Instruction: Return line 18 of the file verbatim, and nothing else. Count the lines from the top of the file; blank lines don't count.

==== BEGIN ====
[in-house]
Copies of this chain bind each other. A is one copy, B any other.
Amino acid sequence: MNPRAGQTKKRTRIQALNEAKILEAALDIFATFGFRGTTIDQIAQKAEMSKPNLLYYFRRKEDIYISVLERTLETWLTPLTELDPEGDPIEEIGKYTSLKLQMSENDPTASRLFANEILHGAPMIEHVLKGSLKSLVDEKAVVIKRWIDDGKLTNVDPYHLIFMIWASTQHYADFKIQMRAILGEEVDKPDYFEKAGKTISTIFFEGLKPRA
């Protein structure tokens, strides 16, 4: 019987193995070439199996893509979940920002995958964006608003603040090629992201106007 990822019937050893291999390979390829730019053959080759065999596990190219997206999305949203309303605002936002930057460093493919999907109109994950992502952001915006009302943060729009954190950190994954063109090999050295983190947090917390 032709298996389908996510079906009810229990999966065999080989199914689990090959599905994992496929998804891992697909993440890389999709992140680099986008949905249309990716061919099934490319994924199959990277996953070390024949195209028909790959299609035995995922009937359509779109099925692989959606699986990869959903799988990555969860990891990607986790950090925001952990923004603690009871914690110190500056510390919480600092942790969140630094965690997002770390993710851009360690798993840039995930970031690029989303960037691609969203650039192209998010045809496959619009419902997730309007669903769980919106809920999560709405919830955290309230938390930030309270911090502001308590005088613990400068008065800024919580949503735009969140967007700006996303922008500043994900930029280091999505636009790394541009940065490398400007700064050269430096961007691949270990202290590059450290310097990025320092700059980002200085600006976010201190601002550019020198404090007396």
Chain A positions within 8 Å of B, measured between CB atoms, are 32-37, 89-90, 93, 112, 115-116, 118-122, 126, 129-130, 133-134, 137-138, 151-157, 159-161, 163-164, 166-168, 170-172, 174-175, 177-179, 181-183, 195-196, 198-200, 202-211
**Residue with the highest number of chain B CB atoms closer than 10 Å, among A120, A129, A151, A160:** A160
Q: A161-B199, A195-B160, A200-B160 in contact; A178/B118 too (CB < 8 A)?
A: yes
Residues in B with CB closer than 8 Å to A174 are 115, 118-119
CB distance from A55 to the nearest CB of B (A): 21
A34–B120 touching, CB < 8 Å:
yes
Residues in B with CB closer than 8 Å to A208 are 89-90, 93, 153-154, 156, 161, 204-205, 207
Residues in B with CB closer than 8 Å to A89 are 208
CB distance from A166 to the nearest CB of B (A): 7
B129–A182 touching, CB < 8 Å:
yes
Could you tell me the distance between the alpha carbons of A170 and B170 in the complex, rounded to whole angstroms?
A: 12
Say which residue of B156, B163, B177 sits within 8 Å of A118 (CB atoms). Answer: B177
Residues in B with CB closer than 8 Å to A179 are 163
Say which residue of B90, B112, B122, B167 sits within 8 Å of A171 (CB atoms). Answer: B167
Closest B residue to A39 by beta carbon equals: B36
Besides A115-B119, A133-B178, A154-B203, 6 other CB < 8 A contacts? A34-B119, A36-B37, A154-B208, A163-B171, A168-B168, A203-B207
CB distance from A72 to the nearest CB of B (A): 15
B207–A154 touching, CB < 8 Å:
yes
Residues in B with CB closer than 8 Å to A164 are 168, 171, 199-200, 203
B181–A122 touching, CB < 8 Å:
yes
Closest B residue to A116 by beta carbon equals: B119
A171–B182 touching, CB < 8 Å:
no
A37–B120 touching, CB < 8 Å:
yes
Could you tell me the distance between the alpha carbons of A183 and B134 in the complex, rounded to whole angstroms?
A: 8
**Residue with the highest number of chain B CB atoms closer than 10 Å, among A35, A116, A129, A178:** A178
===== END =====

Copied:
Could you tell me the distance between the alpha carbons of A170 and B170 in the complex, rounded to whole angstroms?